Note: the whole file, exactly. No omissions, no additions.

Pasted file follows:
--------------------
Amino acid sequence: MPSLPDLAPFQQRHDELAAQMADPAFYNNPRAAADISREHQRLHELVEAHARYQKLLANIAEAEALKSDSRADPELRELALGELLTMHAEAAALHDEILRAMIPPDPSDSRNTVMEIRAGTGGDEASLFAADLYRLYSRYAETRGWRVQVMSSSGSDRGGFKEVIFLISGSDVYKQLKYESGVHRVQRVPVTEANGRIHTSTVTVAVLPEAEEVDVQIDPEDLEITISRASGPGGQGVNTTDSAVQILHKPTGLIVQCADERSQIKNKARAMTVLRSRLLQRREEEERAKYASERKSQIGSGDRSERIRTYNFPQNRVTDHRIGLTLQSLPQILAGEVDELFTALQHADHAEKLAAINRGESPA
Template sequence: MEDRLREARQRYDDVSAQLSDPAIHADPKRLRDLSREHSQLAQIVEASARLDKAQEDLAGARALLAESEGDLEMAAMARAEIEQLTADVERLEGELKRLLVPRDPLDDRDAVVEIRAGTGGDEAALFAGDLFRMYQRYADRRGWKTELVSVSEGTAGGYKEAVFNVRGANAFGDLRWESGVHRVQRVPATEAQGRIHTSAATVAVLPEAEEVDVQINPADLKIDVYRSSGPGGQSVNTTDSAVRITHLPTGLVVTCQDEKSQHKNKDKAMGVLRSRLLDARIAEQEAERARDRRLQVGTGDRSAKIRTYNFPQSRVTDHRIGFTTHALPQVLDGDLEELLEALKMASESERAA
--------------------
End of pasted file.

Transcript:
Amino acid sequence: MPSLPDLAPFQQRHDELAAQMADPAFYNNPRAAADISREHQRLHELVEAHARYQKLLANIAEAEALKSDSRADPELRELALGELLTMHAEAAALHDEILRAMIPPDPSDSRNTVMEIRAGTGGDEASLFAADLYRLYSRYAETRGWRVQVMSSSGSDRGGFKEVIFLISGSDVYKQLKYESGVHRVQRVPVTEANGRIHTSTVTVAVLPEAEEVDVQIDPEDLEITISRASGPGGQGVNTTDSAVQILHKPTGLIVQCADERSQIKNKARAMTVLRSRLLQRREEEERAKYASERKSQIGSGDRSERIRTYNFPQNRVTDHRIGLTLQSLPQILAGEVDELFTALQHADHAEKLAAINRGESPA
Template sequence: MEDRLREARQRYDDVSAQLSDPAIHADPKRLRDLSREHSQLAQIVEASARLDKAQEDLAGARALLAESEGDLEMAAMARAEIEQLTADVERLEGELKRLLVPRDPLDDRDAVVEIRAGTGGDEAALFAGDLFRMYQRYADRRGWKTELVSVSEGTAGGYKEAVFNVRGANAFGDLRWESGVHRVQRVPATEAQGRIHTSAATVAVLPEAEEVDVQINPADLKIDVYRSSGPGGQSVNTTDSAVRITHLPTGLVVTCQDEKSQHKNKDKAMGVLRSRLLDARIAEQEAERARDRRLQVGTGDRSAKIRTYNFPQSRVTDHRIGFTTHALPQVLDGDLEELLEALKMASESERAA